God’s System of Relationships

by APC on August 13, 2015

God has constructed various systems of spiritual growth for His children. Each of these systems include integral cogs. These cogs define elements that help Christians obtain the spiritual growth needed to be successful in their walk with God. One system in which we live and experience every day is the system of relationships. If we live successfully within this system, this will help the growth (well-oiled gears and cogs) in other spiritual systems.

Be not deceived; God is not mocked: for whatsoever a man soweth, that shall he also reap. For he that soweth to his flesh shall of the flesh reap corruption; but he that soweth to the Spirit shall of the Spirit reap life everlasting (Galatians 6:7–8, KJV).

What we invest in our relationships will be what we get from our relationships: good for good and bad for bad. Relationships are not automatic—they take time and investment.

Relationship Gears

Strong Marriages

Peter outlines the conditions for strong marriages in I Peter 3:1–7, giving instruction to both the wives and husbands. Both must do their part in the relationship of marriage to ensure a lasting relationship, one that can be beneficial to God’s kingdom.

Women are instructed to respect their husbands (I Peter 3:1) and to invest time and effort on the inward (not outward) person (I Peter 3:3–4). Peter gave Sara as an example of one who was a godly wife: adorning herself properly and honoring her husband (I Peter 3:6). Sara called Abraham “Lord” out of respect. She acknowledged God’s divine order of creation through which God’s authority flows: from God, to man, to woman.

Men are instructed to honor their wives as if she is the most valuable item on the face of the earth (I Peter 3:7). Peter tells men to dwell with their wife according to knowledge—men need to learn how to best live with their wife, do what pleases her, and care for her as best as he can.

Honorable Citizens

Submit yourselves to every ordinance of man for the Lord’s sake: whether it be to the king, as supreme; Or unto governors, as unto them that are sent by him for the punishment of evildoers, and for the praise of them that do well. For so is the will of God… (I Peter 2:13–15, KJV).

In sum, Peter admonishes the church to be a good neighbor, community member, and citizen. Being a good, honorable citizen includes obeying the leadership that’s present in our life. It’s easy for Christians who stand on the truth of God’s Word, to be rebellious against government. Regardless of whether the leadership is good or bad, we need to submit ourselves. All leadership was put into place by God.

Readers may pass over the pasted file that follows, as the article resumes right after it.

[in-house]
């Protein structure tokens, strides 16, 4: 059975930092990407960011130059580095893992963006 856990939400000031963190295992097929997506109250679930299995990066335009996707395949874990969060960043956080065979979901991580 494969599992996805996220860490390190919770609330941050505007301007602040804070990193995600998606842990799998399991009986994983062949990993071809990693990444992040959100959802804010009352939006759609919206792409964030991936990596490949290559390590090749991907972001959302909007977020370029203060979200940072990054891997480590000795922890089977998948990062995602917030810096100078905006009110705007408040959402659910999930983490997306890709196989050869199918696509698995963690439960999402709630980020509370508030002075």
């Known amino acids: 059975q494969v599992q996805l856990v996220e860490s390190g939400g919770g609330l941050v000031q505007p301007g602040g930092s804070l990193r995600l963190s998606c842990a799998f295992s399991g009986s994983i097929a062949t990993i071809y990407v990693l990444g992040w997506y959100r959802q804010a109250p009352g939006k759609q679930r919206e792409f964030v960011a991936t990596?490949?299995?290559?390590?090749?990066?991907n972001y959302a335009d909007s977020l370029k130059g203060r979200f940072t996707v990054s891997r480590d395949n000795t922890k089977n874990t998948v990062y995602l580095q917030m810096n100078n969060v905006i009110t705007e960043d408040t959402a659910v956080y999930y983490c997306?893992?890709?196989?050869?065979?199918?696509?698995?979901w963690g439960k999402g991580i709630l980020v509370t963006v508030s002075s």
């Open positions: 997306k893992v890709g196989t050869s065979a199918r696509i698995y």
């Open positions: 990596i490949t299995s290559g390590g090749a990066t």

Good Workers

When we have a job that we enjoy and work for a manager we like, it’s easy to work hard. However, when we don’t like our job, or are at odds with our boss, we may not feel like putting forth our best effort. Peter tells the church to always be subject unto those who have rule over us and to work diligently, with our best effort (I Peter 2:18–19). When we work, it’s for the Lord and not for man. It’s not man who will reward us for our work—it is the Lord (Psalm 75:6).

Working, Willing Leaders

Everyone in some way is a leader—leadership is about influence. Peter spoke to the concept of leadership in I Peter 5:2–4. Peter used the analogy of a shepherd because of the cultural significance. His audience understood when he said “feed the flock,” which meant to care for the others with the diligence of a shepherd. Peter wanted the church to be leaders. Shepherds guide, guard, gather, and sometimes goad others, leaders must do all in love.

Peter gives requirements for leadership, and compares and contrasts the enemies and allies of leadership (I Peter 5:2–3). Leaders should not feel obligated to do God’s word, have the wrong motivation, or have a pride in their position. But, leaders should lead by example, and have the mindset of “me first”—being the first one to do something for God’s kingdom!

Unified, Submitted Saints

A key relationship is the one we have with the members of the body of Christ. Peter tells us to love our brothers and sisters in the church the same way that we would love a blood relative (e.g., brother, sister, mother, father, etc.) (I Peter 3:8–9).

Our job is to bless and love one another. Peter instructs the believer not to render evil for evil, but to be a blessing (I Peter 3:9)! If we are to be unified with the body of Christ, this is a relationship and behavior we must learn and practice on a continual basis. Part of this relationship will be submission. We are never in true submission to the body of Christ until agreement ends. God resists the proud and gives grace to the humble (I Peter 5:5).

Lasting Relationships

There are so many components in God’s system of relationships—additional relationships include safe friendships, caring parents, and obedient children. The list truly goes on and on! Overall, we need to remember that all relationships work together and help the kingdom of God and the individual’s personal spiritual growth.

Adapted from Wednesday Night Bible Study on August 12, 2015